>> Register now to watch Civil Beat’s live interviews with all four Democratic candidates for lieutenant governor.

But Menor-McNamara parried that nicely by responding, “Well, let me correct you. The chamber is 80% small businesses, many less than 20 employees.”

She also rejected Amemiya’s contention that she is a political insider: “I am just an advocate that is trying to support our local businesses to survive, especially in the past couple of years.”

Another thought: voters like to learn more about the personal lives of those who wish to lead them. All four candidates were asked, “What in your life experience has challenged you the most and how does that enhance your leadership abilities?” Their responses were compelling.

Anderson said it was his recent divorce, the struggle to raise his four kids and the challenge of taking care of aging family members. Luke talked about her difficulties learning English as a young immigrant from South Korea. Amemiya was raised by another family because his parents divorced when he was young and his mother has long suffered from mental illness. And Menor-McNamara shared the story of her immigrant mother who ran her own business and sacrificed for her family.

Live, From Waikiki

This was the first time all four of them had appeared side by side in the same room together since the start of the election season, and there is just no substitute for that or for being in front of a live audience. Sorry, Zoom.

Amemiya is a much stronger candidate than when he ran for mayor. He seemed far more genuine — personable, funny, thoughtful, attentive — and not scripted by advisors, as I thought was sometimes the case in 2020.

He also repeatedly attacked what he sees as the failings of the Legislature, especially on political corruption. His target was Luke, who for her part acknowledged Amemiya’s aggressive approach as recognition that she is the nominal front runner, given all her campaign funds and union support.

It was Anderson who was the most impressive. He was tightly focused in his answers, as if he had given the run for LG a lot of thought. He argued that he is the only candidate in the field with executive experience in elected office, and that an LG must be prepared to take over should something happen to the governor.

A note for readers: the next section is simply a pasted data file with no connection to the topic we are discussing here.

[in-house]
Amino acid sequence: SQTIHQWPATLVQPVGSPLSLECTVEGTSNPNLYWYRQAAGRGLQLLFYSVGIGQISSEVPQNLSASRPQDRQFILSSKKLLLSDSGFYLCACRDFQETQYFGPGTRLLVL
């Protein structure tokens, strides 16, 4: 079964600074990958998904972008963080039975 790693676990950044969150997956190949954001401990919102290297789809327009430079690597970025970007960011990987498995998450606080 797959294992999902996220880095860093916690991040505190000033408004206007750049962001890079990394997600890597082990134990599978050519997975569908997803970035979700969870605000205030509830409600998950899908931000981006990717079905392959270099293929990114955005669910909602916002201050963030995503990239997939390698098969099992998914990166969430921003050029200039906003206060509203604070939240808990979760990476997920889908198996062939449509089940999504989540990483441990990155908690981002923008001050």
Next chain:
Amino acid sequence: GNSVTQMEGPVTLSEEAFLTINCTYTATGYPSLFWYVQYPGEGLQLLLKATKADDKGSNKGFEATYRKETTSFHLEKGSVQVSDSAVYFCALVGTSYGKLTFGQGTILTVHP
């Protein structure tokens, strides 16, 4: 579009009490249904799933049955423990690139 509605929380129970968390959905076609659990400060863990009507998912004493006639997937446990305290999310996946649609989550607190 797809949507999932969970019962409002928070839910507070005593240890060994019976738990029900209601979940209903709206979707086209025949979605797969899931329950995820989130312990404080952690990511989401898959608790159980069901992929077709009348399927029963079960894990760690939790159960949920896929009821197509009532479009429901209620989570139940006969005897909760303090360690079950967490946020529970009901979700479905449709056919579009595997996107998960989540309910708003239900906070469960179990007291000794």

Anderson also surprised me by commending Gov. David Ige for keeping Hawaii safe during the pandemic, even as many people disagreed with his mandates. How many politicians in Hawaii praise Ige these days?

Let the candidates question each other, and at some length.

The candidates were asked what they would do if they were elected LG and found themselves in strong disagreement with the governor, as has sometimes been the case with Ige and Lt. Gov. Josh Green. Wisely, all four said some version of the position that there can only be one quarterback, or else it confuses the public.

Finally, Amemiya, Anderson, Luke and Menor-McNamara are each likely to shake up the LG seat — as Green has — if elected and not simply stick to the boring official duties of legalizing name changes.

Voters would do well to pay attention to this race.


Read this next:

Neal Milner: Are You Really Willing To Throw The Rascals Out?


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About the Author

Chad Blair

Chad Blair is the politics and opinion editor for Civil Beat. You can reach him by email at cblair@civilbeat.org or follow him on Twitter at @chadblairCB.


Latest Comments (0)

We need tough leadership, I've seen Ikaika Anderson on a couple of occasions speaking out and getting a little dirty, representing the general public's interest and I respect that.

elrod · 3 days ago

Hope this beauty pageant stays civil.

NoFreedomWithoutObligations · 4 days ago

Is there a way to watch the source meeting now?

drivewithbrains · 4 days ago

Join the conversation